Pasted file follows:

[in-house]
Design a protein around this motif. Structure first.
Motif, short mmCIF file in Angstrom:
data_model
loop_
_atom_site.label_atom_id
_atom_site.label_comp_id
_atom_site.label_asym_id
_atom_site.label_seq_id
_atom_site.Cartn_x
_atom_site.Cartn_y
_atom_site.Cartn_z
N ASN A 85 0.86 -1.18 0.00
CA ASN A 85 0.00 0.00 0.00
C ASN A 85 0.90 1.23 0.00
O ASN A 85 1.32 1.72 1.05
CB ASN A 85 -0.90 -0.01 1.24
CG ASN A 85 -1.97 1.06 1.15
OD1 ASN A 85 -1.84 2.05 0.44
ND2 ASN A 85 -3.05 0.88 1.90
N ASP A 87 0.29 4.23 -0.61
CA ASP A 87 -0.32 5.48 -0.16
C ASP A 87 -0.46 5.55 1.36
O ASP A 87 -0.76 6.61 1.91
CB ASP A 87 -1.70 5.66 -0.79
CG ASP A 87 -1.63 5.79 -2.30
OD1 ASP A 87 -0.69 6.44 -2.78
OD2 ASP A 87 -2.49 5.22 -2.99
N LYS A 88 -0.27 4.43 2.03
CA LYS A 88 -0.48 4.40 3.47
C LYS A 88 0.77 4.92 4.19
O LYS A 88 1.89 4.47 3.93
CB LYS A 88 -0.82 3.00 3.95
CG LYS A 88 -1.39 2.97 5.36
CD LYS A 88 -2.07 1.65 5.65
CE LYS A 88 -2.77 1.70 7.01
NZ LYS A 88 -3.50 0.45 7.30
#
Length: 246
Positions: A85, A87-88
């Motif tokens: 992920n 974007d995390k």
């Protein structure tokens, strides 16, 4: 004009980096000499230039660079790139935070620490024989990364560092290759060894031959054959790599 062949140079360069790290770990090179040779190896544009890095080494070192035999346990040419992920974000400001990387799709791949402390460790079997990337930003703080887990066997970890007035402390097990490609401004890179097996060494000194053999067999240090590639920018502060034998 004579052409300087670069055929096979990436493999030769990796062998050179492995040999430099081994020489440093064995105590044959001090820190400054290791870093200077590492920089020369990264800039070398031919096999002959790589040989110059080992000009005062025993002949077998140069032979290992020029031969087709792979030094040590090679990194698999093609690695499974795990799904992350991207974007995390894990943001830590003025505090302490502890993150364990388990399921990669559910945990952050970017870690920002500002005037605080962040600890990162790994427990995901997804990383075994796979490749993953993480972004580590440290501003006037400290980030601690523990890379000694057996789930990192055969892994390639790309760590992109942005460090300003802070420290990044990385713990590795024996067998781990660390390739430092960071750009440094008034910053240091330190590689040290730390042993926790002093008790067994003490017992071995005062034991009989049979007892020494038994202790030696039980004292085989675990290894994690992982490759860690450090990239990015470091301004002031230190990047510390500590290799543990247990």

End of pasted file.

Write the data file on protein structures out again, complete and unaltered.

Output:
[in-house]
Design a protein around this motif. Structure first.
Motif, short mmCIF file in Angstrom:
data_model
loop_
_atom_site.label_atom_id
_atom_site.label_comp_id
_atom_site.label_asym_id
_atom_site.label_seq_id
_atom_site.Cartn_x
_atom_site.Cartn_y
_atom_site.Cartn_z
N ASN A 85 0.86 -1.18 0.00
CA ASN A 85 0.00 0.00 0.00
C ASN A 85 0.90 1.23 0.00
O ASN A 85 1.32 1.72 1.05
CB ASN A 85 -0.90 -0.01 1.24
CG ASN A 85 -1.97 1.06 1.15
OD1 ASN A 85 -1.84 2.05 0.44
ND2 ASN A 85 -3.05 0.88 1.90
N ASP A 87 0.29 4.23 -0.61
CA ASP A 87 -0.32 5.48 -0.16
C ASP A 87 -0.46 5.55 1.36
O ASP A 87 -0.76 6.61 1.91
CB ASP A 87 -1.70 5.66 -0.79
CG ASP A 87 -1.63 5.79 -2.30
OD1 ASP A 87 -0.69 6.44 -2.78
OD2 ASP A 87 -2.49 5.22 -2.99
N LYS A 88 -0.27 4.43 2.03
CA LYS A 88 -0.48 4.40 3.47
C LYS A 88 0.77 4.92 4.19
O LYS A 88 1.89 4.47 3.93
CB LYS A 88 -0.82 3.00 3.95
CG LYS A 88 -1.39 2.97 5.36
CD LYS A 88 -2.07 1.65 5.65
CE LYS A 88 -2.77 1.70 7.01
NZ LYS A 88 -3.50 0.45 7.30
#
Length: 246
Positions: A85, A87-88
């Motif tokens: 992920n 974007d995390k």
């Protein structure tokens, strides 16, 4: 004009980096000499230039660079790139935070620490024989990364560092290759060894031959054959790599 062949140079360069790290770990090179040779190896544009890095080494070192035999346990040419992920974000400001990387799709791949402390460790079997990337930003703080887990066997970890007035402390097990490609401004890179097996060494000194053999067999240090590639920018502060034998 004579052409300087670069055929096979990436493999030769990796062998050179492995040999430099081994020489440093064995105590044959001090820190400054290791870093200077590492920089020369990264800039070398031919096999002959790589040989110059080992000009005062025993002949077998140069032979290992020029031969087709792979030094040590090679990194698999093609690695499974795990799904992350991207974007995390894990943001830590003025505090302490502890993150364990388990399921990669559910945990952050970017870690920002500002005037605080962040600890990162790994427990995901997804990383075994796979490749993953993480972004580590440290501003006037400290980030601690523990890379000694057996789930990192055969892994390639790309760590992109942005460090300003802070420290990044990385713990590795024996067998781990660390390739430092960071750009440094008034910053240091330190590689040290730390042993926790002093008790067994003490017992071995005062034991009989049979007892020494038994202790030696039980004292085989675990290894994690992982490759860690450090990239990015470091301004002031230190990047510390500590290799543990247990």